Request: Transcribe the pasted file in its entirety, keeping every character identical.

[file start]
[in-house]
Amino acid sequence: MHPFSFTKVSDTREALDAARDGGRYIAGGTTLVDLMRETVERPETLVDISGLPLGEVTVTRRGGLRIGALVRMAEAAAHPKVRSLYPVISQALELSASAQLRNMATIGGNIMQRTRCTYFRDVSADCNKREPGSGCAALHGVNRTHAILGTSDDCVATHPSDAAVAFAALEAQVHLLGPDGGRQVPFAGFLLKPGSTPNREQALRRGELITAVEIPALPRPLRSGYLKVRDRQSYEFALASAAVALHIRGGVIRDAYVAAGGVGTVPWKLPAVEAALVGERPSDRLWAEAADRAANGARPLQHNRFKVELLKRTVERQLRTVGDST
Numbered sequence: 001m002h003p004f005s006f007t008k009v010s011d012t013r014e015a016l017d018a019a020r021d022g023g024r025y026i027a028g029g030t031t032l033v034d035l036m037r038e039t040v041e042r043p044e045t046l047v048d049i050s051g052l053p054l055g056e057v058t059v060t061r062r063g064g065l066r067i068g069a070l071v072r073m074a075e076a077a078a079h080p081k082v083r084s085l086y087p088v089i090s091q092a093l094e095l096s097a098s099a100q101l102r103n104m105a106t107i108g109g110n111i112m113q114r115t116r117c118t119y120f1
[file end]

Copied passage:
[in-house]
Amino acid sequence: MHPFSFTKVSDTREALDAARDGGRYIAGGTTLVDLMRETVERPETLVDISGLPLGEVTVTRRGGLRIGALVRMAEAAAHPKVRSLYPVISQALELSASAQLRNMATIGGNIMQRTRCTYFRDVSADCNKREPGSGCAALHGVNRTHAILGTSDDCVATHPSDAAVAFAALEAQVHLLGPDGGRQVPFAGFLLKPGSTPNREQALRRGELITAVEIPALPRPLRSGYLKVRDRQSYEFALASAAVALHIRGGVIRDAYVAAGGVGTVPWKLPAVEAALVGERPSDRLWAEAADRAANGARPLQHNRFKVELLKRTVERQLRTVGDST
Numbered sequence: 001m002h003p004f005s006f007t008k009v010s011d012t013r014e015a016l017d018a019a020r021d022g023g024r025y026i027a028g029g030t031t032l033v034d035l036m037r038e039t040v041e042r043p044e045t046l047v048d049i050s051g052l053p054l055g056e057v058t059v060t061r062r063g064g065l066r067i068g069a070l071v072r073m074a075e076a077a078a079h080p081k082v083r084s085l086y087p088v089i090s091q092a093l094e095l096s097a098s099a100q101l102r103n104m105a106t107i108g109g110n111i112m113q114r115t116r117c118t119y120f1